Tonight at Big Top Lounge: Soul Men

The DJs of "A Fistful of Soul" have been spinning Motown classics and obscure vintage vinyl at Shoeshine Charley's Big Top Lounge since 2009.

By Alice Alsup March 21, 2014

Image: Mars Varela

A Fistful of Soul
March 21 9:30pm–2am
Shoeshine Charley’s Big Top Lounge
3714 Main St

My father raised me on soul. Motown, Bossa nova, James Brown, Elvis—I cannot get enough of rhythm and blues. And I am not alone. A decent-sized hoard of Clutch City’s denizens make it out to an event called “A Fistful of Soul” on the third Friday of every month.

It’s an event without a cover charge, and it happens at Shoeshine Charley’s Big Top Lounge (commonly referred to as Big Top). As you walk in you’ll notice that the walls are packed with kitschy ’50’s throwback décor, and that the columns and fixtures are wrapped in Christmas lights. With the lights, plush booths, and vintage memorabilia, it’s the perfect place to experience the music of a bygone era. Once a month, Houston’s lovers of retro records swamp the venue. People spill out of the packed bar onto the outside deck. Dancing shoes are brought out, moves busted.

From left to right: Stewart Anderson, Joe Ross, and Alex La Rotta

Image: Mars Varela

The three disc jockeys—Stewart Anderson, Joe Ross, and Alex La Rotta–spend their free time rummaging through antique malls, flea markets, jukebox distributors, junk shops, and record stores—“actively pursuing these dusty soul nuggets anywhere we can find 'em,” as La Rotta told me.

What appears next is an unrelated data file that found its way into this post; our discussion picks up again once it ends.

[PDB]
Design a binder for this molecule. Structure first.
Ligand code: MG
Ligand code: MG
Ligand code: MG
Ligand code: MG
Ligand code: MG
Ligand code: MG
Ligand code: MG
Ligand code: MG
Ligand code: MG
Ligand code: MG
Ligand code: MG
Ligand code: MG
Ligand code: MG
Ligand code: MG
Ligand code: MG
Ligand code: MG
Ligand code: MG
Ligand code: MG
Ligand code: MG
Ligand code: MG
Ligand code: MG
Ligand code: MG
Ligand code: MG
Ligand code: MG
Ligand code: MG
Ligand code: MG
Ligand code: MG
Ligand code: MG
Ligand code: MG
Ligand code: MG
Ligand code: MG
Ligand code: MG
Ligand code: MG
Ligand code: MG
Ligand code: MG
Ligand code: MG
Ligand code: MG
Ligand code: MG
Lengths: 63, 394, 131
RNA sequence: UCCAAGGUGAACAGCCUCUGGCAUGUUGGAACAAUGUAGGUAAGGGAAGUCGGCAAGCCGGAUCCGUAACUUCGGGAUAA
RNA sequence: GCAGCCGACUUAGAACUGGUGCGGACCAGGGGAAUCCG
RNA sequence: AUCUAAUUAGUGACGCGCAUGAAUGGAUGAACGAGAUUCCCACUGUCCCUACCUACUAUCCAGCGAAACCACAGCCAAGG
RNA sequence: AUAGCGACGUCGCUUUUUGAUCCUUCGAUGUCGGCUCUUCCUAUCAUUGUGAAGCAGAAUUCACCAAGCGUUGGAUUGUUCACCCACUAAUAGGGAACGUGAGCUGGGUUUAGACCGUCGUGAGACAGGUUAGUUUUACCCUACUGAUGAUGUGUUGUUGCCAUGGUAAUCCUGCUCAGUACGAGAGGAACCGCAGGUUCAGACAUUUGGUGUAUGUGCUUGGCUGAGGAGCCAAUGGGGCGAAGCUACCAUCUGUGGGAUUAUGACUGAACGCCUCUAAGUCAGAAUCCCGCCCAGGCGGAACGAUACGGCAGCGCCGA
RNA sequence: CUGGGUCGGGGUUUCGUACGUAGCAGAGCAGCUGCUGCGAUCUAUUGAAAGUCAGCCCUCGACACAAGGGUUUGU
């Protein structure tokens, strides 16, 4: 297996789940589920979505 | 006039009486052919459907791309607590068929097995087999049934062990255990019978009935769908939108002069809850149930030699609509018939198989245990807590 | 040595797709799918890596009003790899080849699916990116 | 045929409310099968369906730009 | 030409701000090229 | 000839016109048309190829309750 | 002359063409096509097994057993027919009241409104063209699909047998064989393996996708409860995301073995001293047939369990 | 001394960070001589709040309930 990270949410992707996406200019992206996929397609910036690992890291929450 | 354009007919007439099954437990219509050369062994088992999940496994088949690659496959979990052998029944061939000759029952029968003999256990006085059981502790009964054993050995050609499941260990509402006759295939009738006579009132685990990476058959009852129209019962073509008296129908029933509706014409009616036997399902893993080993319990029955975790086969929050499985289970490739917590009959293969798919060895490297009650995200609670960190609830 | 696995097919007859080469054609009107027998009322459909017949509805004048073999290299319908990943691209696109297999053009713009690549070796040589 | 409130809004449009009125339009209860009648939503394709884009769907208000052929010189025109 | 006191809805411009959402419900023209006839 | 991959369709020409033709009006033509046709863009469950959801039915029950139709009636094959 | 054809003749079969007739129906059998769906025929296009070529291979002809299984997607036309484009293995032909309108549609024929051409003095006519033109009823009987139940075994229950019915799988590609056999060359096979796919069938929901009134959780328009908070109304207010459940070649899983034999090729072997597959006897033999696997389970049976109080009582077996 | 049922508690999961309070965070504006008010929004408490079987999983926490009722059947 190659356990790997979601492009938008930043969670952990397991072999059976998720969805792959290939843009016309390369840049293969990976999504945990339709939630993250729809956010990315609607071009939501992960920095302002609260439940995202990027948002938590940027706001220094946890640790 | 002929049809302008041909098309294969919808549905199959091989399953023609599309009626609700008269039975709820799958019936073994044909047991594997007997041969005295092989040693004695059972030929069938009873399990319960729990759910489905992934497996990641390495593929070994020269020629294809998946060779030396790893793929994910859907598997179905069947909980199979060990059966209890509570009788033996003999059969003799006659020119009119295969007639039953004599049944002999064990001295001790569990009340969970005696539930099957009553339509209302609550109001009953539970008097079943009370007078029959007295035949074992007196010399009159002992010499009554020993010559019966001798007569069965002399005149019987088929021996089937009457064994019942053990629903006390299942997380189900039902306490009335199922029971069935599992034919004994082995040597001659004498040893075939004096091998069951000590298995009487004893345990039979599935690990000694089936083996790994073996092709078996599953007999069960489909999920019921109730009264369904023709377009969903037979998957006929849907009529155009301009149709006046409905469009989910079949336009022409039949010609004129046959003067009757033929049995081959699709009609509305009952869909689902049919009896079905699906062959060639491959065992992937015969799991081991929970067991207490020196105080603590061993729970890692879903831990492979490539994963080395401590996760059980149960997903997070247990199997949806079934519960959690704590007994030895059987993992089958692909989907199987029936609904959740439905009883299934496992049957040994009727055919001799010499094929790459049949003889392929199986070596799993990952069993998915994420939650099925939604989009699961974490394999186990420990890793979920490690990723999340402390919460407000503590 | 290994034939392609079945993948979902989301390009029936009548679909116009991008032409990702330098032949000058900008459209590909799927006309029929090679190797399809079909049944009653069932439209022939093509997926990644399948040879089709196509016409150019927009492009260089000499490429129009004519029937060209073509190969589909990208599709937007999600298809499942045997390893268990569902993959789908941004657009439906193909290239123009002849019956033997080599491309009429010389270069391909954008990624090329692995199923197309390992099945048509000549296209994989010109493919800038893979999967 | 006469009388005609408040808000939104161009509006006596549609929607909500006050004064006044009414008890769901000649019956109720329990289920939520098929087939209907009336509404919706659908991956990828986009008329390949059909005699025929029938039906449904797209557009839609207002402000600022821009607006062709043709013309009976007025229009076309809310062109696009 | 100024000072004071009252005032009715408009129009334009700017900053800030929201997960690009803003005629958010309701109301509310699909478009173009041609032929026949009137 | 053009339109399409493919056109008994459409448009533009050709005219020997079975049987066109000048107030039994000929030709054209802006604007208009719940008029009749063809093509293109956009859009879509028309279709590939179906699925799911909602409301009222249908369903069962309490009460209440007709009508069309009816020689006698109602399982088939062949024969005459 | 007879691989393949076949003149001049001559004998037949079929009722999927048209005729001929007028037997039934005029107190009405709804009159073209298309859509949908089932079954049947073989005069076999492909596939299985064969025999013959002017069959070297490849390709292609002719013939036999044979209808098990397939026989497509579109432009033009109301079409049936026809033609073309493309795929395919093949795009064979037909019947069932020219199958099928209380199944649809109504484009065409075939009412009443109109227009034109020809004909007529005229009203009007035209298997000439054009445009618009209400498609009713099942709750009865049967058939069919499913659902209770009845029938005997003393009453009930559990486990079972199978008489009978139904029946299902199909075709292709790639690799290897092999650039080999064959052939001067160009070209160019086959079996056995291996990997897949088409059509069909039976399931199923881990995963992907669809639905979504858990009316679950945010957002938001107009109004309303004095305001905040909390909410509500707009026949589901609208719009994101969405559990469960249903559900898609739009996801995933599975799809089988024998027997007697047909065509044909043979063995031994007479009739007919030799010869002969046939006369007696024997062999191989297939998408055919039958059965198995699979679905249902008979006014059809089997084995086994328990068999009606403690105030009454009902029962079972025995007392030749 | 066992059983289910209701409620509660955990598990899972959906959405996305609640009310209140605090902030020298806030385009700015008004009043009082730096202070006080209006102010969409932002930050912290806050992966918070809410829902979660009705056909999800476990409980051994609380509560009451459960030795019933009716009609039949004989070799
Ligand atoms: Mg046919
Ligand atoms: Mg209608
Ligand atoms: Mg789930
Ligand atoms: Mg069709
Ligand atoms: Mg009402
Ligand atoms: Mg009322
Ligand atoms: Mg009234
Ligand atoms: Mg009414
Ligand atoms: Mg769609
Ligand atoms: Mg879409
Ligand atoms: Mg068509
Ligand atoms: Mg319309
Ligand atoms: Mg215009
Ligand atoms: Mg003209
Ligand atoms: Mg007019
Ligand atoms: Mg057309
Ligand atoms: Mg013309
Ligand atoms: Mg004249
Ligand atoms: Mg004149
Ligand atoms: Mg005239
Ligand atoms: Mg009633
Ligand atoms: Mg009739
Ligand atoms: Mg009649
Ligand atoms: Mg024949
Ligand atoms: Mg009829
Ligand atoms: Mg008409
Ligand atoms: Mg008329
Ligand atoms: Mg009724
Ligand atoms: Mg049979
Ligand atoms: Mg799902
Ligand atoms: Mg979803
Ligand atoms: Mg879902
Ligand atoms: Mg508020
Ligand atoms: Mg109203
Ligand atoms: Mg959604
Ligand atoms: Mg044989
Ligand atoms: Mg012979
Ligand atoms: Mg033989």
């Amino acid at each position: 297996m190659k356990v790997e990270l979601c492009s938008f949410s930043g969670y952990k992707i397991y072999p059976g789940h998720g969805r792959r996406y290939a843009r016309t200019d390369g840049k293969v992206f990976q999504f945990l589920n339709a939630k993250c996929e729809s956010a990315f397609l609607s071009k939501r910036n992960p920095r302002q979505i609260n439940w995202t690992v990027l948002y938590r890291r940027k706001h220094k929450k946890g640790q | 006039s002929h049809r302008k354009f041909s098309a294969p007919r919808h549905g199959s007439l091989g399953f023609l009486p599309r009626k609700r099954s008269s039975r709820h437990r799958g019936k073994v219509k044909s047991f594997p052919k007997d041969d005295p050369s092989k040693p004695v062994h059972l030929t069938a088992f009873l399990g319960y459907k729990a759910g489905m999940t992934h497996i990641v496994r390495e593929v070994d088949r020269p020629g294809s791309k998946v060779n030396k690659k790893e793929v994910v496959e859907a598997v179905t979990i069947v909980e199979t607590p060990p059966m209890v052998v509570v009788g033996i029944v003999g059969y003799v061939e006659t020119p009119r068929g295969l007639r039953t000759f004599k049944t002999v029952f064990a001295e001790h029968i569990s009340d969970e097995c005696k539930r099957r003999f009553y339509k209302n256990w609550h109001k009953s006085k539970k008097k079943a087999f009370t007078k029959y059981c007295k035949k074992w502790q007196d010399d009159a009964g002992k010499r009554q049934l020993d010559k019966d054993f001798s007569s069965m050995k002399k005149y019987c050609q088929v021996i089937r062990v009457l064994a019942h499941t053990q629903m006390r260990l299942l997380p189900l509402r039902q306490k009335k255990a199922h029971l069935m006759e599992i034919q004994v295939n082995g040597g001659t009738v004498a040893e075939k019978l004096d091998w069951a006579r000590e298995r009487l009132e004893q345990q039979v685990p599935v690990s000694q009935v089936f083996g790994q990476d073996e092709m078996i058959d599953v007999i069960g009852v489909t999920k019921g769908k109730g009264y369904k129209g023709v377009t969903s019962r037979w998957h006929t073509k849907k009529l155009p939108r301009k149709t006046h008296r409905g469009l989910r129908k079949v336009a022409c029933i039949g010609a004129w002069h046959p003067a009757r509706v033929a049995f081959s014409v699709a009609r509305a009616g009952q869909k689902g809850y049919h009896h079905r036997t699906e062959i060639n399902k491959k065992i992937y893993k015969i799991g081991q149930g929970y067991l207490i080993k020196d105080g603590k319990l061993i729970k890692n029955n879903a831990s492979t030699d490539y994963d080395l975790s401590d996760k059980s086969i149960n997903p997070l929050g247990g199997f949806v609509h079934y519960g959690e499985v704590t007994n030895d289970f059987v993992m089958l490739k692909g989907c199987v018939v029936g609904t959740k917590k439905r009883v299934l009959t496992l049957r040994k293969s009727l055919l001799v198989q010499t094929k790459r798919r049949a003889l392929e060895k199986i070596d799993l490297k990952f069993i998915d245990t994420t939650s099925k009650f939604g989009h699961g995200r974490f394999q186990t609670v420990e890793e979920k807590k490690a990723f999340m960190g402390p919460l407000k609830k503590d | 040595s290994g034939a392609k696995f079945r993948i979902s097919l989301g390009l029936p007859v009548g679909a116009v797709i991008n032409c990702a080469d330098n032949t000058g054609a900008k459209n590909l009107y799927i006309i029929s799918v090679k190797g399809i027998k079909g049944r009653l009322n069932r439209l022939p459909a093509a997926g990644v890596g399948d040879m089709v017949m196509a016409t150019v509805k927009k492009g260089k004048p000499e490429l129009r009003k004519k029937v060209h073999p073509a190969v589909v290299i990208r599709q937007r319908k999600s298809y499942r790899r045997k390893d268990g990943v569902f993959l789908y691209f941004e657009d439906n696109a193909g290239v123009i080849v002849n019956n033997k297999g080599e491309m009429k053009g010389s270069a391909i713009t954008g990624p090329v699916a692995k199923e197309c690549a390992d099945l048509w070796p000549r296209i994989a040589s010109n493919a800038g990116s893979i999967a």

The boys of AFOS are always digging up forgotten records—yes, records; as in, no laptops allowed—to mix unfamiliar tracks in with the classic favorites. Some of the tunes they play are ones you remember in your bones but can’t always place. But a lot of records they spin are true rarities. Through AFOS, followers and fans can discover some of the hidden gems of Houston’s soul scene, such as the artists of 1950s-era Houston blues label Duke/Peacock Records. At past AFOS parties, they’ve given away mix CDs of 45s from Texas rhythm and blues labels. On their Facebook page, the DJs share links, articles, and YouTube videos of vintage acts.

“Not a lot of Houston artists or labels ever got very popular,” Ross explains, “[so] it’s like we’ve got this little treasure trove that almost no one knows about.” 

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